NEW COLUMN IS “Texas Vs. The Pacific Coast: Explaining The Yankee Mindset.”
A slightly abridged version is now on Townhall.com.

Unabridged, “Texas Vs. The Pacific Coast” appears on Unz Review, WND.com, Constitution.com, and other discerning outlets.

Excerpt:

I recently traveled to Texas to speak about South Africa, at the Free Speech Forum of  the Texas A & M University.

To travel from the Pacific Northwest all the way to College Station, Texas, without experiencing more of the “Lone Star State” was not an option.

So, after driving from Austin eastward to College Station (where I was hosted by two exceptional young, Southern gentlemen), I headed south-west to San Antonio. There I lingered long enough to conclude:

The Republic of Texas is a civilization apart.

Ordinary Texans—from my brief travels—tend to be sunny, kind and warmhearted. Not once did I encounter rude on my Texas junket.

On the Pacific Coast, however, kindness and congeniality don’t come naturally. State-of-Washington-statists are generally aloof, opprobrious, insular. And, frankly, dour.

Southern historian Dr. Clyde N. Wilson tells of receiving “a package containing a chamber pot labeled ‘Robert E. Lee’s Soup Tureen.'”

It came from … Portland, Maine.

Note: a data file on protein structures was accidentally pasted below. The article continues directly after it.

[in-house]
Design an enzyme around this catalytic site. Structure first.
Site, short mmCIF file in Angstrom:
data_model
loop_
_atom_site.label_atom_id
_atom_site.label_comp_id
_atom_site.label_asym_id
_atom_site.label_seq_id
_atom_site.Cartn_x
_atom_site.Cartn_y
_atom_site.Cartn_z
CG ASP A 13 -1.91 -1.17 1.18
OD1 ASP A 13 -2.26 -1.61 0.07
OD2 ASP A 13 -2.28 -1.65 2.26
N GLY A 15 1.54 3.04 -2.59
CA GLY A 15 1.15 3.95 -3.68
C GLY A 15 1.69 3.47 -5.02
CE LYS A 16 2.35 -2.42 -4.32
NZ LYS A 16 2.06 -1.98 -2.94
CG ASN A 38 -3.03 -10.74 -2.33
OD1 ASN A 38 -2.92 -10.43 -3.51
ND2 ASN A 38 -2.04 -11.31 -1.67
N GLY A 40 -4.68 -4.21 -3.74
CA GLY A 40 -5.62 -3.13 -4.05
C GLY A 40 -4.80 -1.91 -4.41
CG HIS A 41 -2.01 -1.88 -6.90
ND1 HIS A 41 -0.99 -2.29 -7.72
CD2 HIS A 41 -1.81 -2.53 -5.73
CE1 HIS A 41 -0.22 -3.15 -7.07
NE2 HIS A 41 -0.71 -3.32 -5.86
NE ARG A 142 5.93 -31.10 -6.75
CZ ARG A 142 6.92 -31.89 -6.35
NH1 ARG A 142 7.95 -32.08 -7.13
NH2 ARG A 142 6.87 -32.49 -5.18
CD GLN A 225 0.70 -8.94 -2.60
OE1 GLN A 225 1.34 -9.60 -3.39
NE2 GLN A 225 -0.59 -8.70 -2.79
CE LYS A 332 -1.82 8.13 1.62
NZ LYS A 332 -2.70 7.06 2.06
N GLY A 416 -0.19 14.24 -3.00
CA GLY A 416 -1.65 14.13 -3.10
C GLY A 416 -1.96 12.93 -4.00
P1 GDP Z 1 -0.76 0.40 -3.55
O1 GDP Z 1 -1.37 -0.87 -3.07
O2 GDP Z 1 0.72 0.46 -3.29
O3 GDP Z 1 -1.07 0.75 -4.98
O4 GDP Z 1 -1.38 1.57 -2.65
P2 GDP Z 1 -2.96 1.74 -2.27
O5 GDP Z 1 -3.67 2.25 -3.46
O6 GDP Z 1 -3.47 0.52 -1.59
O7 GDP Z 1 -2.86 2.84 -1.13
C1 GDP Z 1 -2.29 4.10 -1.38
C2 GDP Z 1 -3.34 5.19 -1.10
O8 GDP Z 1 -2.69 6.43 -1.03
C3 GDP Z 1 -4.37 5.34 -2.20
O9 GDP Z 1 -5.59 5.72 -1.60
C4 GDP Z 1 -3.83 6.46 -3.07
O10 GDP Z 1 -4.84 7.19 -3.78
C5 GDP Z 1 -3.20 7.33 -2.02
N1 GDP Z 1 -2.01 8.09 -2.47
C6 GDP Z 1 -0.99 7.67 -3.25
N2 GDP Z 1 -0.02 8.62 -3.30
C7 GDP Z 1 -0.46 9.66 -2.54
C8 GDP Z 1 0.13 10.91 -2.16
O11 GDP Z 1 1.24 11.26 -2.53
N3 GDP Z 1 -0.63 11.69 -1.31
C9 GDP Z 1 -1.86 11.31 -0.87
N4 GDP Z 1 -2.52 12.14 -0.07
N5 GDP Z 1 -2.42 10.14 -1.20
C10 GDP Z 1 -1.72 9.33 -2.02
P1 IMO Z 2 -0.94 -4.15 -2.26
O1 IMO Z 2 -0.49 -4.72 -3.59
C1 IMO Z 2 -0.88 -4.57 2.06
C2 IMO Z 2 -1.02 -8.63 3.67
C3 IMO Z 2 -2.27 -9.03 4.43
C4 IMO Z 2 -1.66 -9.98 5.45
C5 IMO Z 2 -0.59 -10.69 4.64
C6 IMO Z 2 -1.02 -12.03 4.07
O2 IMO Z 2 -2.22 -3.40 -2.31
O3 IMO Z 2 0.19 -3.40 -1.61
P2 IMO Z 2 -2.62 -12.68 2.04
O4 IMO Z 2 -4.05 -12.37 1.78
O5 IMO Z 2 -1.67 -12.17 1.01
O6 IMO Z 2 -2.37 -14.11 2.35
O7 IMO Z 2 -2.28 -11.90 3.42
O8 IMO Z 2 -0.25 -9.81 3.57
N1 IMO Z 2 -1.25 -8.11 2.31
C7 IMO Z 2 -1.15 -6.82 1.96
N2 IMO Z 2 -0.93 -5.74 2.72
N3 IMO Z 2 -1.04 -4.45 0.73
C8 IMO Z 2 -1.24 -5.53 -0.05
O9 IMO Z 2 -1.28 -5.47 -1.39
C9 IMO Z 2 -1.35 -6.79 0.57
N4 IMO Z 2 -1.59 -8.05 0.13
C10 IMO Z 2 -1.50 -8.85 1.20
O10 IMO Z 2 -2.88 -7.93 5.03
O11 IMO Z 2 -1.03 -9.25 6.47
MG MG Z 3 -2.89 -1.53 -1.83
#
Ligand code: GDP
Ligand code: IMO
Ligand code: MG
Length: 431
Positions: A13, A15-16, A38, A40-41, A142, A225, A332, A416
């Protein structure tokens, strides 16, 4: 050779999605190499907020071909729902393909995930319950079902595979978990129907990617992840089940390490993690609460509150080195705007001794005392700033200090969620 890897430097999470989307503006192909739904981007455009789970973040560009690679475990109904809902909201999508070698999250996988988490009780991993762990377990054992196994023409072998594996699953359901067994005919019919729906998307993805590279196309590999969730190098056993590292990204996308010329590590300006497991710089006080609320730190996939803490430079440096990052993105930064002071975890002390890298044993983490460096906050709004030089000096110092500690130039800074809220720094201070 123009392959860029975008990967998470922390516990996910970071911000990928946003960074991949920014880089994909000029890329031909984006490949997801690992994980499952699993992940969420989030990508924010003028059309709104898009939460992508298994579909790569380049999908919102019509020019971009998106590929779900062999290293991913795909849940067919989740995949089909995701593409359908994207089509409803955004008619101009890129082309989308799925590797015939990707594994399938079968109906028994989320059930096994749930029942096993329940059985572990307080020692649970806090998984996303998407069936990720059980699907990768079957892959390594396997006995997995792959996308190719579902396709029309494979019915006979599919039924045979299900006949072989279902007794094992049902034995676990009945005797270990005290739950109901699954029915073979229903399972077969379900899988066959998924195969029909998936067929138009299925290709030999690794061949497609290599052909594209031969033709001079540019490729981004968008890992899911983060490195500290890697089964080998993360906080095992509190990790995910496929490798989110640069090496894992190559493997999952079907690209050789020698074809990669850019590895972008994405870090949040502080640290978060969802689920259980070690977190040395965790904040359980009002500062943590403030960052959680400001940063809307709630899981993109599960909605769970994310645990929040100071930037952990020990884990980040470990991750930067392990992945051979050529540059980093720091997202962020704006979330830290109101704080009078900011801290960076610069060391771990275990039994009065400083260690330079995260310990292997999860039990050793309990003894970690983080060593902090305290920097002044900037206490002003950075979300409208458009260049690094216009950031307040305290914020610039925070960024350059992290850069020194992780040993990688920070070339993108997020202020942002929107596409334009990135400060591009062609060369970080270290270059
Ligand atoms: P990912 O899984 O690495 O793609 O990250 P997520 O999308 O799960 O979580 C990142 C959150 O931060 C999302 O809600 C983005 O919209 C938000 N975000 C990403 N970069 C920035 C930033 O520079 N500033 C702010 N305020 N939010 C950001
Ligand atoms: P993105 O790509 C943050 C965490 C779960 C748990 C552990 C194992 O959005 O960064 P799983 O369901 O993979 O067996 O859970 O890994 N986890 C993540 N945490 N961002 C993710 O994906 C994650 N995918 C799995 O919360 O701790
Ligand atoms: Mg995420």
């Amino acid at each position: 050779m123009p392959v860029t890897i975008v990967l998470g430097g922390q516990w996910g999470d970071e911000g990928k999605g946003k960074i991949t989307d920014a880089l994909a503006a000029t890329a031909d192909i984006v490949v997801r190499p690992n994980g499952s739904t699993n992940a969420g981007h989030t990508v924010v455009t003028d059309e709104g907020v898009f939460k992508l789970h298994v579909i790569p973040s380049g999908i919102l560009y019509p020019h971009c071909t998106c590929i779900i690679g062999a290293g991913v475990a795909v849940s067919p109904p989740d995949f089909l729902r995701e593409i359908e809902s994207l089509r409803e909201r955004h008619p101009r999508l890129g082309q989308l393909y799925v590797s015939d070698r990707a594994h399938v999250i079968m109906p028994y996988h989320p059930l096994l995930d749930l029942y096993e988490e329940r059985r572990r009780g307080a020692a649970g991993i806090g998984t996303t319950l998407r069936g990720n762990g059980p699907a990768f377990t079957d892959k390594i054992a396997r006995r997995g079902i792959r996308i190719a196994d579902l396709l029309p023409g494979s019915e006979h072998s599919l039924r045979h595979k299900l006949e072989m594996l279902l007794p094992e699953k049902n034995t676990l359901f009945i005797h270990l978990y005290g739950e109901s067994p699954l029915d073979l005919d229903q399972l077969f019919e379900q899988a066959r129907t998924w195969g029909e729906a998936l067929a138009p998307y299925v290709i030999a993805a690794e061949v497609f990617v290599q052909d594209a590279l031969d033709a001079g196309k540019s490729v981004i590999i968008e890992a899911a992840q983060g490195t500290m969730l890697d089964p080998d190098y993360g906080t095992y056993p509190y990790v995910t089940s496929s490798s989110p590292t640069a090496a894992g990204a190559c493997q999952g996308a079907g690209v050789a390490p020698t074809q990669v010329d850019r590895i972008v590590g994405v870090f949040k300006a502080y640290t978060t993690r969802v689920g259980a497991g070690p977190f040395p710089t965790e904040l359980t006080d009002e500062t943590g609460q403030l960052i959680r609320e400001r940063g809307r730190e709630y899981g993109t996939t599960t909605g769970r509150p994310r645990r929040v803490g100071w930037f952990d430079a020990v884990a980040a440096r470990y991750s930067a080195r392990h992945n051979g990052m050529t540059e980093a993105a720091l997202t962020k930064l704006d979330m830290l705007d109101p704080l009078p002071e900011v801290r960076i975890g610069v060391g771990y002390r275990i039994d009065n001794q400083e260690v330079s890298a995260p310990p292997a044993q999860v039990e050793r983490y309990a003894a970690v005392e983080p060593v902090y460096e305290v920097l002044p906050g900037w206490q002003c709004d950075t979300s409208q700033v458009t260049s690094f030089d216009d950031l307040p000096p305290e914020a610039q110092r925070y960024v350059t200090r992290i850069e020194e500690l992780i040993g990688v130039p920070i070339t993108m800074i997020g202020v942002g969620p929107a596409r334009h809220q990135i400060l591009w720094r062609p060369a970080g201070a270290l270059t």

Unkind cuts are an everyday occurrence around here, where the busybody mentality prevails.

Stand still long enough, and they’ll tell you how to live. They’ll even give chase to deliver that “corrective” sermon. A helmeted cyclist once chased me down along a suburban running trail.

My sin? I had fed the poor juncos in the dead of winter. (Still do. Bite me, you bully.)

Having caught up with me, SS Cyclist got on his soap box and in my face about my unforgivable, rule-bending. Wasn’t I familiar with the laws governing his pristine environmental utopia?

Didn’t I know that only the fittest deserved to survive? That’s the natural world, according to these ruthless, radical progressive puritans.

Yes, mea culpa for having an exceedingly soft spot for God’s plucky little creatures.

When a Washington statist gets wind of your core beliefs—why, even if your use of the English language irks His Highness—he will take it upon himself to fix your “flaws,” try to make you over in his sorry image.

For the distinct cluster of characteristics just described, Dr.  Wilson aforementioned uses the term Yankee. …

… READ THE REST. The column is  “Texas Vs. The Pacific Coast: Explaining The Yankee Mindset”.

Or, unabridged. 

Oh, Clyde Wilson adds this: “Telling other people not to feed God’s creatures according to some supposed scientific official plan is simply fascism.”

UPDATE II (5/8/018): ‘Howdy’: Back From Speaking To The Texas A&M Free Speech Forum About South Africa

America, Conservatism, Education, Etiquette, Free Speech, History, Ilana Mercer, Law, South-Africa

Has absence made the heart grow fonder? I hope so.

I’m back from speaking about South Africa at the Free Speech Forum of  the Texas A&M University, on the College Station campus.

A remarkable young man, the president of the Texas A&M Free Speech Forum, invited me to speak for reasons that astounded and gave hope.

The Forum, I was told, doesn’t seek out the conservative/libertarian speakers, who’re usually invited on campus by “the established, libertarian/conservative/republican groups.”

You know. That boilerplate content.